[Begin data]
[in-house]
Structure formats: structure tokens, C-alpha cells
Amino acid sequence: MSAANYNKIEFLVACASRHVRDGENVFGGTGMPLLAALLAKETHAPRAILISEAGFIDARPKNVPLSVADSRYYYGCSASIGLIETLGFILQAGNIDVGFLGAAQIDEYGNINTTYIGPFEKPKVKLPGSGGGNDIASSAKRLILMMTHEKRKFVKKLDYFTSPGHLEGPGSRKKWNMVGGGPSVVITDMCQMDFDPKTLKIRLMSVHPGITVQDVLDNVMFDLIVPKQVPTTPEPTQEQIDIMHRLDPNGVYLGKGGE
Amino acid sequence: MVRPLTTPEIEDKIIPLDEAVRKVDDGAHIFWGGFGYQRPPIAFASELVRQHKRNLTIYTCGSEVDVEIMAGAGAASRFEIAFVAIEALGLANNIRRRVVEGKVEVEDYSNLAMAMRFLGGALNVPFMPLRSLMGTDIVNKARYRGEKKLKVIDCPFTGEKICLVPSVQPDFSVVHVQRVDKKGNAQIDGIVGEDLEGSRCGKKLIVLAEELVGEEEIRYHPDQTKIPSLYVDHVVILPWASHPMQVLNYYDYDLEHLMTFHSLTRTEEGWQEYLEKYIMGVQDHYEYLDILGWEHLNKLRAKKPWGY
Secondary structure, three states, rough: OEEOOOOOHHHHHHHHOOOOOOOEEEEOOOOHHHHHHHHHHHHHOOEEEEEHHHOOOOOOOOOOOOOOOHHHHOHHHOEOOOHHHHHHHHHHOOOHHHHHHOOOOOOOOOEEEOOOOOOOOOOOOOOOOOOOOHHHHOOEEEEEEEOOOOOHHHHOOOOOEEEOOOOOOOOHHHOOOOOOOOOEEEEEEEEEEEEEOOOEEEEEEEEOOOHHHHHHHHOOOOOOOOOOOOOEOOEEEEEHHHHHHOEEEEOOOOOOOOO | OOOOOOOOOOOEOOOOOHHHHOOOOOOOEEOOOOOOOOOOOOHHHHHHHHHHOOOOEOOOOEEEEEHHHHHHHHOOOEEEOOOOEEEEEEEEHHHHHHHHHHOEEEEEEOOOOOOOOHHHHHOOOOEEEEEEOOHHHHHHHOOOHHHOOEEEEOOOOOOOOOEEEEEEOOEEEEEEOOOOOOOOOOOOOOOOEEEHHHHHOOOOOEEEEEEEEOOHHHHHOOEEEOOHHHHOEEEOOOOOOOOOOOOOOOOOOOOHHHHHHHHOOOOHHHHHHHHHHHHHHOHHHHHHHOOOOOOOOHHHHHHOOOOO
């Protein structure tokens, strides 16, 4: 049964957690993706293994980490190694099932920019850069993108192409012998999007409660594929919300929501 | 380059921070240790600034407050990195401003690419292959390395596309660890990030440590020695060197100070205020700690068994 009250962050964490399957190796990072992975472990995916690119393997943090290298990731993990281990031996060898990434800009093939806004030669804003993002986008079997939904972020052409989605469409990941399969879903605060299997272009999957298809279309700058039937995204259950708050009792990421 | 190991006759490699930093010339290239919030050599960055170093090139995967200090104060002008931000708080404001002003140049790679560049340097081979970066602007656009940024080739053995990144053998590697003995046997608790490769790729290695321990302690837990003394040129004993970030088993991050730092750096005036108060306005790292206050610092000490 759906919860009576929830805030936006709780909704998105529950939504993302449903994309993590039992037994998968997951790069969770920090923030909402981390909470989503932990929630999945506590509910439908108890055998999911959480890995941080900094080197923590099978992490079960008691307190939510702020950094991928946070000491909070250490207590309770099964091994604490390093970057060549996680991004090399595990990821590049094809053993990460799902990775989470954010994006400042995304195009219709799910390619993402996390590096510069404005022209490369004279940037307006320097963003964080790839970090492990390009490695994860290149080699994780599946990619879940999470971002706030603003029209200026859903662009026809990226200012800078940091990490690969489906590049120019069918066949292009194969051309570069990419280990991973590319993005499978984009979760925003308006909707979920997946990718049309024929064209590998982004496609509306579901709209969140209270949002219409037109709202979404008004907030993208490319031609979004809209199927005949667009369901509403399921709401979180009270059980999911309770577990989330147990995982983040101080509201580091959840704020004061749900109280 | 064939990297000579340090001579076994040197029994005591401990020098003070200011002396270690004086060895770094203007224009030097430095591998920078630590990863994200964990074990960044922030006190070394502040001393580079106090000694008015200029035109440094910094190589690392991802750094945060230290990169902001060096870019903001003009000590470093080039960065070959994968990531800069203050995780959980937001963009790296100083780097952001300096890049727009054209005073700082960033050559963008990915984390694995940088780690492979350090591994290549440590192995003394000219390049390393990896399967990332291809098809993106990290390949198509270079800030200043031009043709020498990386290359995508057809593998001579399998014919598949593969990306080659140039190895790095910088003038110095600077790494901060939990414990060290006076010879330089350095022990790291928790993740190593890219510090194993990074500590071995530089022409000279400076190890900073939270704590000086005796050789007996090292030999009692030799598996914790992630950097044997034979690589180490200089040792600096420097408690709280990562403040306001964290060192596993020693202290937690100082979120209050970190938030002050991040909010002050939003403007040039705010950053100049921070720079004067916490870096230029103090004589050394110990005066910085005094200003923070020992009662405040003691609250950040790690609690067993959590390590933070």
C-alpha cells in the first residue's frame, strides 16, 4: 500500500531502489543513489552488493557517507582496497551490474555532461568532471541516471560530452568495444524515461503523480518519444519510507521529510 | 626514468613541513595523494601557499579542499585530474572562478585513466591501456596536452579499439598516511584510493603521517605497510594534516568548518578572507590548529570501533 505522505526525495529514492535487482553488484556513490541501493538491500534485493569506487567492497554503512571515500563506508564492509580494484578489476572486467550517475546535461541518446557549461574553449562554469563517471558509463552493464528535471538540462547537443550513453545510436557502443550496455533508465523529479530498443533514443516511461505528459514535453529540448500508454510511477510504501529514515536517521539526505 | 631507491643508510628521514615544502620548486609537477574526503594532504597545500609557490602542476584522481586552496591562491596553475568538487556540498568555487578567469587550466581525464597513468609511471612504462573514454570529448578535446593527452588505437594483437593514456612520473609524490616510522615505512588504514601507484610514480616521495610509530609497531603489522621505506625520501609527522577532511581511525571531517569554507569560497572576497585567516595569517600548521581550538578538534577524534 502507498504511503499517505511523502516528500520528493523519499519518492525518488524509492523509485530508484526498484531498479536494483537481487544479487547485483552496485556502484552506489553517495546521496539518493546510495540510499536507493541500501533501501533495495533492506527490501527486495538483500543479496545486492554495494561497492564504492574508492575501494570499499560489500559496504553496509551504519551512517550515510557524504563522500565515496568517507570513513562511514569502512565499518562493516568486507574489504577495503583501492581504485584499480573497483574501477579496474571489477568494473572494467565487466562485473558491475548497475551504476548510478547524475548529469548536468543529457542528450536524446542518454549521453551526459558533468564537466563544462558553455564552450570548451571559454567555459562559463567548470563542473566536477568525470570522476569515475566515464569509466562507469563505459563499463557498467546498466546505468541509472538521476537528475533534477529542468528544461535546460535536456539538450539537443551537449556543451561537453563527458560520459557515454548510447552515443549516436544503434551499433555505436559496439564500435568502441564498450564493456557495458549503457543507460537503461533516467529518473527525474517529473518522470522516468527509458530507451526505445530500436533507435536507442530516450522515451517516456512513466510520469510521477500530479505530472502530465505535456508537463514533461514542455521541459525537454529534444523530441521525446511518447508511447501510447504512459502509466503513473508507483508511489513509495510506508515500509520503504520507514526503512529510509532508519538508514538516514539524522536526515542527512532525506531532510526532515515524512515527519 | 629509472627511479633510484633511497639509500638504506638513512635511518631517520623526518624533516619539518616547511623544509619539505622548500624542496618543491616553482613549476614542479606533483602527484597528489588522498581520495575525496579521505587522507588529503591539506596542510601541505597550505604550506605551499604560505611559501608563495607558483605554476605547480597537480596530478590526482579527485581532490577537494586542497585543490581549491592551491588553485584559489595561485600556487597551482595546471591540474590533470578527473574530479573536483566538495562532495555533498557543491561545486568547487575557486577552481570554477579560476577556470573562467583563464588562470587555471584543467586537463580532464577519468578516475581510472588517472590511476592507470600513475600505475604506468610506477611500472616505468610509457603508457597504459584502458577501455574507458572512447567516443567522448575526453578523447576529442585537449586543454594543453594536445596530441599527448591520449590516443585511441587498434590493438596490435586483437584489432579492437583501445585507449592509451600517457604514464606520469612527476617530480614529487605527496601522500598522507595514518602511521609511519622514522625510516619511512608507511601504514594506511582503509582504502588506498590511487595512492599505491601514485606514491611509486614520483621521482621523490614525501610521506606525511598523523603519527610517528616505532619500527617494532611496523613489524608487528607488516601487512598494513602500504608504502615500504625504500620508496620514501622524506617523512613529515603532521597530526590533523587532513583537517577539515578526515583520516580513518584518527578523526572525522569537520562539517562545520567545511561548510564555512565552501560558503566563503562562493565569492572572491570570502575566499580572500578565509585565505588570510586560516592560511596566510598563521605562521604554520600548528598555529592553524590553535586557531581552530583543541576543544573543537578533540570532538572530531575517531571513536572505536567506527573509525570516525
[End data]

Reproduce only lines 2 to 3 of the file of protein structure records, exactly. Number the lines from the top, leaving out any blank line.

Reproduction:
Structure formats: structure tokens, C-alpha cells
Amino acid sequence: MSAANYNKIEFLVACASRHVRDGENVFGGTGMPLLAALLAKETHAPRAILISEAGFIDARPKNVPLSVADSRYYYGCSASIGLIETLGFILQAGNIDVGFLGAAQIDEYGNINTTYIGPFEKPKVKLPGSGGGNDIASSAKRLILMMTHEKRKFVKKLDYFTSPGHLEGPGSRKKWNMVGGGPSVVITDMCQMDFDPKTLKIRLMSVHPGITVQDVLDNVMFDLIVPKQVPTTPEPTQEQIDIMHRLDPNGVYLGKGGE